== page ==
Business

WASHINGTON (APP) – International Monetary Fund (IMF) expects 5% economic growth in Pakistan in the current financial year, an IMF statement said on Thursday, praising solid performance in the fourth quarter of the previous fiscal year.

The statement was issued in Washington following the successful completion of the 12th and final review of Pakistan’s economic performance under the 3-year Extended Fund Facility programme.

The IMF delegation, led by Harald Finger, visited Dubai from July 26 to August 4, to conduct discussions on the final review with the Pakistani officials led by Finance Minister Ishaq Dar and also included State Bank of Pakistan (SBP) Governor Ashraf Wathra, and other senior officials.

The staff-level agreement reached during the talks is subject to approval by the IMF Management and the Executive Board, after which the final instalment of $102 million of the $6.6 billion loan will be released to Pakistan.

“Growth is expected to reach 5% in FY 2016/17, supported by buoyant construction activity, strengthened private sector credit growth, and an investment upturn related to the China-Pakistan Economic Corridor (CPEC),” Finger said in the statement.

Nevertheless, he said, a challenging global environment and declining exports were weighing on growth prospects.

Average inflation was expected at around 5.2% in FY 2016/17, remaining well-anchored by continued prudent monetary policy. Gross international reserves reached US$18.1 billion at end-June 2016, covering over four months of prospective imports.

“Programme performance in the fourth quarter of FY2015/16 has been solid. Most end-June 2016 quantitative performance criteria (PCs) were met, although the ceilings on the budget deficit and net domestic assets (NDA) of the State Bank of Pakistan (SBP) were exceeded by small margins,” Finger said.

He welcomed the authorities’ commitment to take remedial actions in these areas. All indicative targets and structural benchmarks (SB) were met, except for the delayed notification of multi-year tariffs for three power distribution companies.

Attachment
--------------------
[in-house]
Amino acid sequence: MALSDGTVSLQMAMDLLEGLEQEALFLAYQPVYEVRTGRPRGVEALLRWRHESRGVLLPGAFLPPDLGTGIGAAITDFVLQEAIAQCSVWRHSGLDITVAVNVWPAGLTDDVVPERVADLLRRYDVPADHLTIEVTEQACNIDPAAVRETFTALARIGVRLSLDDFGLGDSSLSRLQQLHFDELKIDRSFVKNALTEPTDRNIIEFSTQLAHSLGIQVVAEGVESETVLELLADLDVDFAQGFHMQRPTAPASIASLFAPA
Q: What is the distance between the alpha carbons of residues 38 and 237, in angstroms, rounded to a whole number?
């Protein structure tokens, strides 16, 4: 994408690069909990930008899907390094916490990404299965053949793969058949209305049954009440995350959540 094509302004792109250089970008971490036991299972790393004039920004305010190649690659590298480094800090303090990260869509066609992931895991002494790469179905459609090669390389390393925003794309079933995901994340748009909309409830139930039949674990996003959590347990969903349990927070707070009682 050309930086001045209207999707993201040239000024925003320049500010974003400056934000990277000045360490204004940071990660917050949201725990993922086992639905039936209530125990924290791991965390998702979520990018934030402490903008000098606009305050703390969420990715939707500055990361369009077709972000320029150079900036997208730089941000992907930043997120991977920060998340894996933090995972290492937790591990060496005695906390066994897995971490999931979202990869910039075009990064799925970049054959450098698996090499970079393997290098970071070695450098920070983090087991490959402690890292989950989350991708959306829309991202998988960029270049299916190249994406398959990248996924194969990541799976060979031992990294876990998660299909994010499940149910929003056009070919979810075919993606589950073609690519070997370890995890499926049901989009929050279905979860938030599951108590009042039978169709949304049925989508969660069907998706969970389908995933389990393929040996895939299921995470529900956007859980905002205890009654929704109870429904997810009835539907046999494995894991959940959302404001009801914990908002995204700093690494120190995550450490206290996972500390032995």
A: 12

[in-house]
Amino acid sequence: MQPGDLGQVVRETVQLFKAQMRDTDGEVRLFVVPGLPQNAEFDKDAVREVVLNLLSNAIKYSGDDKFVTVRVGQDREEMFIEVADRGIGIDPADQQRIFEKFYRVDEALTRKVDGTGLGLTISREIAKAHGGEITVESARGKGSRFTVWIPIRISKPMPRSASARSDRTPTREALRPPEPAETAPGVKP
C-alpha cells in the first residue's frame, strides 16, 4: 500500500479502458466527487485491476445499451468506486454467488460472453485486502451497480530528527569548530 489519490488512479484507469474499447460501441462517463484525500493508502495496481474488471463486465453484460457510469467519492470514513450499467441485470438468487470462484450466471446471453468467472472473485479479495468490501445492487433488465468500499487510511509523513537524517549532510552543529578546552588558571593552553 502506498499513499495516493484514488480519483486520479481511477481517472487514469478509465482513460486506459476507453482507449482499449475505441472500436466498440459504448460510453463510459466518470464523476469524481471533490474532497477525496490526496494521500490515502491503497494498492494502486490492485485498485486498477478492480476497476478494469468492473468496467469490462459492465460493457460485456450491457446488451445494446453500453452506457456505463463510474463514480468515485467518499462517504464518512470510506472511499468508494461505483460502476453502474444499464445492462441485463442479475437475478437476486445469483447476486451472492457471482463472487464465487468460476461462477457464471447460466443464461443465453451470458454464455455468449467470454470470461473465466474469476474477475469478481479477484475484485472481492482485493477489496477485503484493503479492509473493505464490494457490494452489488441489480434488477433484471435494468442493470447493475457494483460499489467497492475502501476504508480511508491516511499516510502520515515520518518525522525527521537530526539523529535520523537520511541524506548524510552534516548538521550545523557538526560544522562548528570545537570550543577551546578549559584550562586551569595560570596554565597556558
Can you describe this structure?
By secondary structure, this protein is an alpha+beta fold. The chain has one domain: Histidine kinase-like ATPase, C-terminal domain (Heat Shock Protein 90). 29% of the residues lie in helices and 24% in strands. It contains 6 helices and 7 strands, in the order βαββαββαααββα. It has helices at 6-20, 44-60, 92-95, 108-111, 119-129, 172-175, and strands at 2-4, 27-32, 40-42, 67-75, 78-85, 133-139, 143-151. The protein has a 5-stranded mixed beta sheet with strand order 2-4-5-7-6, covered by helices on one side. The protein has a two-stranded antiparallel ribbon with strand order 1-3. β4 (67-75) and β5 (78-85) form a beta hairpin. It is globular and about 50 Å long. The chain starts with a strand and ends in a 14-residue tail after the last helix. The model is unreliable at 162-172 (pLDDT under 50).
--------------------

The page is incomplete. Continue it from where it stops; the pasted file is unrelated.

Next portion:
“In the course of the IMF-supported programme, Pakistan’s economy has made significant progress toward strengthening macroeconomic and financial stability and resilience, and laying foundations for higher, more sustainable, and inclusive growth.”

Growth gradually accelerated, international reserve buffers have been rebuilt, and the budget deficit narrowed significantly, helped by sizeable growth in tax revenue.

Inflation declined, helped by lower oil prices and improved monetary and fiscal policies.

Regulatory reforms and improved energy sector performance have slowed the accumulation of arrears and begun to reduce outages. Coverage under the Benazir Income Support Programme (BISP) has expanded, and stipends increased by over 60%. Regulations to fight money-laundering and financing of terrorism have been strengthened. Despite some delays, the authorities continue to advance in their work toward restructuring and divesting ailing public sector enterprises (PSEs).

The IMF official emphasized that in order to consolidate and reinforce the gains achieved in the last three years, the economic reform agenda needed to continue after the programme ended.

“In this context, it will be important to further strengthen public finances and external buffers, broaden the tax net, improve public financial management, strengthen the monetary policy framework, address losses in PSEs, complete the energy sector reforms, and accelerate competitiveness – enhancing improvements of the business climate, including the trade regime.”